Applied Solid State Physics(2.0 credits)
|Course Type||:||Specialized Courses|
|Course Name||:||Materials Engineering||Applied Physics||Quantum Science and Energy Engineering|
|Starts 1||:||4 the previous term||4 the previous term||4 the previous term|
|Lecturer||:||Yoshihiko OKAMOTO Associate Professor||Masashi KUROSAWA Lecturer|
|[Important Notice: this lecture has been completely changed from FY2019.]
The electronic properties of conduction electrons in the periodic fields in crystalline solids are not only interesting from the viewpoint of basic physics but also useful for us as various electronic devices. In this lecture, we will study various electronic properties and functions exhibited by metals and semiconductors, and aim to understand their origins and operating principles based on solid-state physics.
Goals and objectives:
Understanding various electronic properties that appear in crystalline solids.
Understanding the operating principles of various semiconductor devices.
|Solid State Physics 1-4|
|The first and second half will focus on the electronic properties of solids and semiconductor devices, respectively. The contents of each are as follows. Prepare for the next class and understand the meaning of technical terms.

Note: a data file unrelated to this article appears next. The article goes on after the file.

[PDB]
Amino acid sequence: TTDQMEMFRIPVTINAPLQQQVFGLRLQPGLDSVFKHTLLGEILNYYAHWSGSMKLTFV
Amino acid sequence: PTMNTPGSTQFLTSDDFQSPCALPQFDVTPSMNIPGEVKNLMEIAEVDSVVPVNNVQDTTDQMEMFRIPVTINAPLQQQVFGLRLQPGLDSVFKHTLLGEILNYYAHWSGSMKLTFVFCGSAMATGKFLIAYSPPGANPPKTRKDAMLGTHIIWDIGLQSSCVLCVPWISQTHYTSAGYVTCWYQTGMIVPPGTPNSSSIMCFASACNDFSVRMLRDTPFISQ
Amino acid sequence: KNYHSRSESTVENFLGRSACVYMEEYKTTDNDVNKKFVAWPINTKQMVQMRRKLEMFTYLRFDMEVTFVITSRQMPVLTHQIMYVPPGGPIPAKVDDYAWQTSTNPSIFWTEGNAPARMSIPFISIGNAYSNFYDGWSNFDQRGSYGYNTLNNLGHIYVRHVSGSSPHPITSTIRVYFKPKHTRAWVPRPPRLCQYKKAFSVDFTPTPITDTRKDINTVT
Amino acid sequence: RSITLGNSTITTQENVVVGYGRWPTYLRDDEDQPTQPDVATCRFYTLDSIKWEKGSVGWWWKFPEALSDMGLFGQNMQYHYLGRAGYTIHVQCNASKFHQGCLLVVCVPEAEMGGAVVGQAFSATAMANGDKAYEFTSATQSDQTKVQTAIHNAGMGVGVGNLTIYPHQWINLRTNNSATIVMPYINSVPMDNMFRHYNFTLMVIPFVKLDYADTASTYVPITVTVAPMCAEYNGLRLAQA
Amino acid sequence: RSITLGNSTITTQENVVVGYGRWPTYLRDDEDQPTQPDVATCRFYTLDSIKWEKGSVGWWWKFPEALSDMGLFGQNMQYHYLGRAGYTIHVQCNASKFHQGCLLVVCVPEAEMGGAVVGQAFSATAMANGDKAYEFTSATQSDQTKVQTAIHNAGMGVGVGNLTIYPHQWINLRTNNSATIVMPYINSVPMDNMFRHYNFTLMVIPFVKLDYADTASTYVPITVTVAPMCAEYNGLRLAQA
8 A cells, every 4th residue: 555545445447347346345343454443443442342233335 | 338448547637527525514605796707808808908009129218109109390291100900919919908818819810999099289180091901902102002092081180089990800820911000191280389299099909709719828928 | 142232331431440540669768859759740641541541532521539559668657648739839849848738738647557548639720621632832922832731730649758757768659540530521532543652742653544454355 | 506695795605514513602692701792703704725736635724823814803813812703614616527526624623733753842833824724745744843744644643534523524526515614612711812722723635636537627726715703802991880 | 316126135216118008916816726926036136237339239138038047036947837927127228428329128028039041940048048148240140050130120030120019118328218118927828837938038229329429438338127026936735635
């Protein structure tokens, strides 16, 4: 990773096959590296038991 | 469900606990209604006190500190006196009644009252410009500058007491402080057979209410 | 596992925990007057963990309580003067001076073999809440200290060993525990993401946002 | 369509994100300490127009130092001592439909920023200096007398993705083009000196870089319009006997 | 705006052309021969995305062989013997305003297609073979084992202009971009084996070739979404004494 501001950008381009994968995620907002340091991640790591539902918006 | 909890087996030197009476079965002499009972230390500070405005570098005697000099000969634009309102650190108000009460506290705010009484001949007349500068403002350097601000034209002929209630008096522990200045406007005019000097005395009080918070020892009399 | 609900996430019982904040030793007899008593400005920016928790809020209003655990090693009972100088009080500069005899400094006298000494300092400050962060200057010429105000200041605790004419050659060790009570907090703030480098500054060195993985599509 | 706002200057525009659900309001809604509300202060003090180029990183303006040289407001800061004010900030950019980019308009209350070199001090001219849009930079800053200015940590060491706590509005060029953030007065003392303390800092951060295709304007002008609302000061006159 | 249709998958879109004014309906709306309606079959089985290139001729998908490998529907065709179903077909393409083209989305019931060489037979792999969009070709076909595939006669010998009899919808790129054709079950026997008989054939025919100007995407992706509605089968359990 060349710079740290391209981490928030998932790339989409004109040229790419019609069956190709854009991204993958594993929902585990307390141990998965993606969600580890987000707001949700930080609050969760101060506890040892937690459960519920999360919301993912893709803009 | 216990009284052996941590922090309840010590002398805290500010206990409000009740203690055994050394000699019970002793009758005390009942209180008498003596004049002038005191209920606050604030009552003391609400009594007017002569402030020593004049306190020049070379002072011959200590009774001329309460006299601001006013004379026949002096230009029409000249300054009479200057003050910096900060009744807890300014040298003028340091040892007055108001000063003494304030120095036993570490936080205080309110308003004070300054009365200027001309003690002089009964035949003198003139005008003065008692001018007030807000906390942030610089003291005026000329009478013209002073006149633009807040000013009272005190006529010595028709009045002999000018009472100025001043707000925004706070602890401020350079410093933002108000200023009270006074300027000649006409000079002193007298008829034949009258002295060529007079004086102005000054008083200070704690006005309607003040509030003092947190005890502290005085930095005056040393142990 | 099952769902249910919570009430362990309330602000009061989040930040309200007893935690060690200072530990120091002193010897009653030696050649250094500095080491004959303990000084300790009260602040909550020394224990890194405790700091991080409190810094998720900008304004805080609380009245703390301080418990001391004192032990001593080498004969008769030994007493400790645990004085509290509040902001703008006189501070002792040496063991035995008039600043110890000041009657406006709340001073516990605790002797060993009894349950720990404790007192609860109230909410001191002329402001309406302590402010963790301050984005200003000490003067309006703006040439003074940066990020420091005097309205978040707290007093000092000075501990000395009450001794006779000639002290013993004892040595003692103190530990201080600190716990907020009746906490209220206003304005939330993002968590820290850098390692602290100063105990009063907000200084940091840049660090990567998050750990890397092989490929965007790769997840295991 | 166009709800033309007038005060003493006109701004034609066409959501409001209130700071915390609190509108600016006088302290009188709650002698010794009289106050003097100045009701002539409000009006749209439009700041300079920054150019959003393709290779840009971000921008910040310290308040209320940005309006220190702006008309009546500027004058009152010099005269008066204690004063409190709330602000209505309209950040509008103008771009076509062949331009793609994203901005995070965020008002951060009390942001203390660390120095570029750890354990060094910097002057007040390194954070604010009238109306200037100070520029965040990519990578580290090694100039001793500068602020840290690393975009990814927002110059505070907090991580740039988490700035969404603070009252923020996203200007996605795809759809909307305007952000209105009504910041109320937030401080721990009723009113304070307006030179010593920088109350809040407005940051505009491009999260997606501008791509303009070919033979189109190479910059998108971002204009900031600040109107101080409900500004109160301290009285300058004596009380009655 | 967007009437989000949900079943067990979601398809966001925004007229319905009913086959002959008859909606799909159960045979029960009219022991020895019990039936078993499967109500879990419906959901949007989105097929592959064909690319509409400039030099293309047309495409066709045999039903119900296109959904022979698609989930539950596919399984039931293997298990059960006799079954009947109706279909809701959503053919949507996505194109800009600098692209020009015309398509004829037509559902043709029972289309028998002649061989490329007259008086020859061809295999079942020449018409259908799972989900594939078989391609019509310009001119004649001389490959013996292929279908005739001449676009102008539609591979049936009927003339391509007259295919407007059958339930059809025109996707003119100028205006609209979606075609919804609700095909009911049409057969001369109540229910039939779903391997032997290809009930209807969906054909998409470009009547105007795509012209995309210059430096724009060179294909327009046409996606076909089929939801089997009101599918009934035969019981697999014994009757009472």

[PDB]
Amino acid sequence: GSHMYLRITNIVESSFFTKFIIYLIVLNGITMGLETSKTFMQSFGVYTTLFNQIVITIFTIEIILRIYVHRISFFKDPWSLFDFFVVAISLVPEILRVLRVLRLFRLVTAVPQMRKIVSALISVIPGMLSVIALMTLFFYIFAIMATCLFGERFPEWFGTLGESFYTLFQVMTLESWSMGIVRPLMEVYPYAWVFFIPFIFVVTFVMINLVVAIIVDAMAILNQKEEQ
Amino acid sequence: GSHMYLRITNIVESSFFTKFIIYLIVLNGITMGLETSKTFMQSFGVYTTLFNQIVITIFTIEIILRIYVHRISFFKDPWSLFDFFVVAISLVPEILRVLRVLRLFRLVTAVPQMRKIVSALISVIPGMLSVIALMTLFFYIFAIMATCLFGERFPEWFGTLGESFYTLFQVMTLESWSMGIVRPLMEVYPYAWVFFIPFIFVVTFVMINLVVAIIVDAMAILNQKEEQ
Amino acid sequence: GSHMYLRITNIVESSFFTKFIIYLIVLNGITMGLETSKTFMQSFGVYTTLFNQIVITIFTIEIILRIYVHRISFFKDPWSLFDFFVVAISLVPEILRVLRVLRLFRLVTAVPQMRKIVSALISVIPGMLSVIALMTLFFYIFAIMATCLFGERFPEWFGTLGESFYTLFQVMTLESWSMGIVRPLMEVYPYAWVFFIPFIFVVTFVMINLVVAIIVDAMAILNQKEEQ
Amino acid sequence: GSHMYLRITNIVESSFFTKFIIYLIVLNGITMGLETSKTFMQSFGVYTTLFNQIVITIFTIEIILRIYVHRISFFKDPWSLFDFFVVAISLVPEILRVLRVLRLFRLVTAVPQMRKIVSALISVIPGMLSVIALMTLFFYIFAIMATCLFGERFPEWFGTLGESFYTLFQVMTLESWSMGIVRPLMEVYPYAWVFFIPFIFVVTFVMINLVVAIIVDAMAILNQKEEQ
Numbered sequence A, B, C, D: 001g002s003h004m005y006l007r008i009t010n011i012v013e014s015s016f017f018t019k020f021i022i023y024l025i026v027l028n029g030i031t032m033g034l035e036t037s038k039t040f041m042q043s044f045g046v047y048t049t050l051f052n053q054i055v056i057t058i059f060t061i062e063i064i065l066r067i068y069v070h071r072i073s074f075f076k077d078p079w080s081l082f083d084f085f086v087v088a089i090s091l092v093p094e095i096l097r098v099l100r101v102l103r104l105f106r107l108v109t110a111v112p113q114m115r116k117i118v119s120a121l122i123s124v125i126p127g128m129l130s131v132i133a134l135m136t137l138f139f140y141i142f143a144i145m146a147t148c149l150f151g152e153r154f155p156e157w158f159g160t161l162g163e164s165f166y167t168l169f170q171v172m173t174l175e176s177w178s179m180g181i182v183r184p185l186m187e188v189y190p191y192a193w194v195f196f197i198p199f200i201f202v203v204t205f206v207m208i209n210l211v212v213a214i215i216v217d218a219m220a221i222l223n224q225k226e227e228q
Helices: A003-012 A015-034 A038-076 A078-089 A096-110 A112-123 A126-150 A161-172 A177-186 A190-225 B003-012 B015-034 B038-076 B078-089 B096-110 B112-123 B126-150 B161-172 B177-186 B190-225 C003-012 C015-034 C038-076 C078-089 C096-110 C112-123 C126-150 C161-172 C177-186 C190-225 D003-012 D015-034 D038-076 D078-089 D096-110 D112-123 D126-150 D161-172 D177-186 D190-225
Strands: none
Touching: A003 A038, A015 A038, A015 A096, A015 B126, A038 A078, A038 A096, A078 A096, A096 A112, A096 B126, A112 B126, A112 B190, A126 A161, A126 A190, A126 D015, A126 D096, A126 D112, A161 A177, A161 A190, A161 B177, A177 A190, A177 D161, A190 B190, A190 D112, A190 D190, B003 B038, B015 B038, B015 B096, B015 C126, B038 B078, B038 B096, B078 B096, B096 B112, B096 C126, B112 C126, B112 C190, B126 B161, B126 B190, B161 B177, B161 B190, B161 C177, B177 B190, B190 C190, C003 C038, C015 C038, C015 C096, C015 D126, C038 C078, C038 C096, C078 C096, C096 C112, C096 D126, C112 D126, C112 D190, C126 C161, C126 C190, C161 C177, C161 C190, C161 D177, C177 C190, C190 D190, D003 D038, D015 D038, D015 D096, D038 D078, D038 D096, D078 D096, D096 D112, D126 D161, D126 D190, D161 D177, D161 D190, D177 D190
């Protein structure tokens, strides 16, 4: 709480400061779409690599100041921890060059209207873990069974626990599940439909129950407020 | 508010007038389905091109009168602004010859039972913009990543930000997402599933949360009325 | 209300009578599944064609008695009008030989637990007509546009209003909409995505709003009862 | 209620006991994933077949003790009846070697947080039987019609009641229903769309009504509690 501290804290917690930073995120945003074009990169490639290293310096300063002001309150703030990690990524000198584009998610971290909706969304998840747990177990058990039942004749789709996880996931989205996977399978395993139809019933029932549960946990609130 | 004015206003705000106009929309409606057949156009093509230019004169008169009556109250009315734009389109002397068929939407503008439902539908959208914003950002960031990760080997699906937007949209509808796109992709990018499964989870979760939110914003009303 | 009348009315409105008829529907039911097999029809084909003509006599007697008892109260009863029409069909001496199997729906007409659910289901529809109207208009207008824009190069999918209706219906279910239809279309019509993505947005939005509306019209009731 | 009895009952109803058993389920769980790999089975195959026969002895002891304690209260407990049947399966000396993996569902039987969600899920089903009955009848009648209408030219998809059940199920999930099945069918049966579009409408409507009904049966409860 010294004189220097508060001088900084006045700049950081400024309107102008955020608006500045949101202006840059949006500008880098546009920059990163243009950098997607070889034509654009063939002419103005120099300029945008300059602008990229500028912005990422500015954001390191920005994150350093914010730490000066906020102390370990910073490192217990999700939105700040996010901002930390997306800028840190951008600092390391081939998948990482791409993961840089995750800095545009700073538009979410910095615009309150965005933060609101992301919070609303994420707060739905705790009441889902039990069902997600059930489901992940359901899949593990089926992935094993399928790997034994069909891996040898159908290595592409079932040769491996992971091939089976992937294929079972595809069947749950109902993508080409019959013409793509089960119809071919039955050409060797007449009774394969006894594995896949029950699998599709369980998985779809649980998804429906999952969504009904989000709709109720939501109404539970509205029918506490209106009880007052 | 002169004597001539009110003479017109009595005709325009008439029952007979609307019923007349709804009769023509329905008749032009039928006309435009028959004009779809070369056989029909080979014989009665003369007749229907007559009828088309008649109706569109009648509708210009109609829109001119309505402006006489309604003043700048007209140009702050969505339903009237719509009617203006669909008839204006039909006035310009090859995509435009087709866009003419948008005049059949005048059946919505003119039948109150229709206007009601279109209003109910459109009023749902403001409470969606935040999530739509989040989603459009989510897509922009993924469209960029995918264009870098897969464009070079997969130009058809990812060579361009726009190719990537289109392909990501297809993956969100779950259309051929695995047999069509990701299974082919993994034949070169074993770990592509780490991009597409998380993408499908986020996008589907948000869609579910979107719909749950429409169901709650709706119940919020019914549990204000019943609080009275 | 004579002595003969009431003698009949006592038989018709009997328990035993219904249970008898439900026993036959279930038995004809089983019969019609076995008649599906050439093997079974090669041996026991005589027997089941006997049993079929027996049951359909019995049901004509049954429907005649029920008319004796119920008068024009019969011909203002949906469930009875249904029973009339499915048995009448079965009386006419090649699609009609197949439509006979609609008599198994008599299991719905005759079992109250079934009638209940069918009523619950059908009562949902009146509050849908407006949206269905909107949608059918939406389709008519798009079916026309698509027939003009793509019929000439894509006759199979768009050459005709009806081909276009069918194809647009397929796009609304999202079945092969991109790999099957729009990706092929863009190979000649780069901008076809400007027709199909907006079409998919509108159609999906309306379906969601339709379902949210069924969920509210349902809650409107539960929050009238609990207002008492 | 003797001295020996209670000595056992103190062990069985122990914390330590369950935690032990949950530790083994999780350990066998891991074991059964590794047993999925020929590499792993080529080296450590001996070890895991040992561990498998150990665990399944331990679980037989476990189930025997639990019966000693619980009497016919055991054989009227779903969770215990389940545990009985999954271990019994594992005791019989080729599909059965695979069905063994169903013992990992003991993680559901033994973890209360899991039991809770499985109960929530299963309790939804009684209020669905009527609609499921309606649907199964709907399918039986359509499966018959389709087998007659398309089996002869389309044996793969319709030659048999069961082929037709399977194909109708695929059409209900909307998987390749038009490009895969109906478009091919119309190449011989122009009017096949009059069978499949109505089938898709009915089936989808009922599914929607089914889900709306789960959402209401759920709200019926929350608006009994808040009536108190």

1. Electronic Properties of Solids
Strongly Correlated Electron System
Measurement of Fermi Surfaces
2. Semiconductor Devices
Field Effect Transistor
|Materials will be distributed each time.|
|C. Kittel, Introduction to Solid State Physics (John Wiley & Sons)
S. M. Sze and K. K. Ng, Physics of Semiconductor Devices (John Wiley & Sons)
|The criterion to receive academic credit is to understand the basic concepts of electronic properties of solids and semiconductor devices. Grades are evaluated by taking tests in the first and second half of the class. The results of the two tests are summed up, and a score of at least 60 out of 100 is the passing criterion.|
|There is no requirement for taking this lecture.|
|Questions are welcome within or after each lecture.|